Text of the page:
At the outset, I offer my sympathies at the performance of the BJP lead NDA in the 2009 General Elections. We all saw it coming but not to the extent that it decimated the pride of the party to such an extent that you had to tender your resignation. Sir, it is a courageous decision to put in your papers and I strongly believe that this is the right step ahead for the party.
Atalji and you have presided over the fortunes of the BJP from the days of the Jan Sangh and taken it to new heights and acted as the only national party that could challenge the hegemony of the Congress. As an Opposition party, you can take pride in the spirited and decisive stands taken by the BJP for many years. But there comes a time, when the top brass has to make way for a new leadership – somebody who can steer the party in the new millennium.
You took it to the top; now let someone take the responsibility to take it ahead and challenge the resurgent Congress. Don’t get conned by Rajnath and the rest when they say that they need you to stay back; they are just too scared to elect a new leader, in the midst of the expected infighting (sycophancy is also no longer only a Congress prerogative). Fortunately, like Mr. Rahul and Priyanka, you have not warmed the seat for Jayant or Pratibha to take over the mantle – democracy is still an integral component of the Left and the Right in India.
In 1996, when the youth and the middle class started believing and looking at the BJP as a credible National Alternative, they saw the party as a party with a difference. Leaders like Pramod Mahajan, Sushma Swaraj and a large number of leaders in their prime constituted the second rung of the party and initiated a wave of popularity for the party among people, who were tired of being ruled by a family that considered itself the natural family for governance in India.
However, now when I look at the party, I ask myself where is the leadership? Where is the second rung? Scores of septa and octogenarians preside over the party and this is the party that is supposed to represent the youth???? Demagogues like Arun Shourie and Arun Jaitley are intellectuals but they do not have any electoral presence – a mass leader like Atalji acted as that bridge between the public and your various think tanks.
For a media savvy party like the BJP, it seemed incomprehensible that your strategy has backfired twice in a row. Campaigning as a strong leader and Loh Purush may be fine but pitting yourself against a non-electoral entity like Manmohan Singh as an election strategy was probably not such a bright idea (in hindsight, I must admit). Manmohanji is only a professional CEO who is running the company that has been given to him by the owners of the company and one fine day, he will be asked to step down so that the younger Gandhi takes over (The Congress would like to call it the ‘natural transition’).
Did people vote for development as most analysts claim? Maybe many just were tired of the Third/Fourth/Fifth….Nth party props who were working for their own interests and wanted a stable single party at the top. So, all the nth party losses were absorbed by the Congress while you stood helplessly at the deck seeing the NDA sinking gradually and then, so much more rapidly later on.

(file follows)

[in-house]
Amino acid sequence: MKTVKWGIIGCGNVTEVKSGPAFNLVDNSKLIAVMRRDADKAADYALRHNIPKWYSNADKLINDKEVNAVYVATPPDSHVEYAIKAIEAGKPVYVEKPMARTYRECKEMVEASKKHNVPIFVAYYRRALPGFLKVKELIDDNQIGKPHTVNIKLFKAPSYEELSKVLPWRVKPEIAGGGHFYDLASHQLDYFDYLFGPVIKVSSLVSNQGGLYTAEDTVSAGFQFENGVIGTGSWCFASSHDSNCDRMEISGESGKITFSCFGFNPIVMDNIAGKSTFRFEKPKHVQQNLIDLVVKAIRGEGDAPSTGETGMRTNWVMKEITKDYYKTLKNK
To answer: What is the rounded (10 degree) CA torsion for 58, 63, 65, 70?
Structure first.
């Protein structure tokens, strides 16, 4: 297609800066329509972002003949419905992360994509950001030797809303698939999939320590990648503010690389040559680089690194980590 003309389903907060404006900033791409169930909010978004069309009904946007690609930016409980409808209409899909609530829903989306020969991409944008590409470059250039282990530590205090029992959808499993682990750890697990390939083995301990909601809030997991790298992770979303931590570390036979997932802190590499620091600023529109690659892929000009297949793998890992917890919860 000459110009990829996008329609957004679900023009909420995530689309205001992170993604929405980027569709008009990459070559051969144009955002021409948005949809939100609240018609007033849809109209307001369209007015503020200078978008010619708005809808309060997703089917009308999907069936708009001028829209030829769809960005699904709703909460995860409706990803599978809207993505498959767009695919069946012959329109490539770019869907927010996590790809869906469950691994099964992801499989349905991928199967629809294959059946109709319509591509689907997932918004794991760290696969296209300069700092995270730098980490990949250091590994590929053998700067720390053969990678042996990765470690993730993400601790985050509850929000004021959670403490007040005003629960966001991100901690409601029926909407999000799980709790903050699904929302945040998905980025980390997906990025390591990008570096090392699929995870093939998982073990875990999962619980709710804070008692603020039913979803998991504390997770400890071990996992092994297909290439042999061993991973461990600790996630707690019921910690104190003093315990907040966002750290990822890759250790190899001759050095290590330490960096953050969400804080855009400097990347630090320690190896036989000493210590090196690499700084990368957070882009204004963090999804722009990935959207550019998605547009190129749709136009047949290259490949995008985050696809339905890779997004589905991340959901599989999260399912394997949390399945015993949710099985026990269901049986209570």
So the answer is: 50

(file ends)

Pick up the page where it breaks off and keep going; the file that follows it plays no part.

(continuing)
Your future candidate for PM is supposedly Narendra Modi – a man whose ability to polarize votes is probably greater than his ability to bring in votes (something tells me that people like you and Atalji are yourselves not too comfortable with the Modi brand of politics). In an era of coalitions, it will be difficult for you to sell this man as your unanimous leader; after all, even your close friends are a bit wary of him.
The Congress made significant gains in West Bengal and the South and the anti-Congress votes went to other splintered groups and you made practically no headway there despite the people voting to give a mandate to a National Party. For a National Party, you need to figure out how you can break through the Southern regional citadels – something that you did in Karnataka, surprising many. It is still a surprise to me why the BJP is non-existent in a state like Kerala, where the RSS has such a strong presence?
TN and AP represent huge electoral blocks where the BJP has no sway at all – not something that a party which strives to win Delhi can afford to do. People junked the Commies in WB and Kerala and voted for what they believed was the next option and you do not feature in even the Top-3 of that list. Time to think about that.
Hope you stand by your decision to quit the scene and spend quality time with your family that has been with you throughout many such difficult periods. You could still be the Chief Mentor like NRN is in Infosys- but give the reins of the party to a new and younger group that has a Vision – India needs not just a strong government but a robust constructive Opposition too.
P.S. The 2009 Election was a watershed because of the kind of results it threw in, surprising pollsters and psephologists. Possibly, no one understood the ground realities and did not realize what was happening; but this is also because of simplistic general assumptions made by most analysts. Voters do not vote en masse – please stop looking at us like a homogeneous group that votes for a party on grounds of regional/caste/religious considerations only.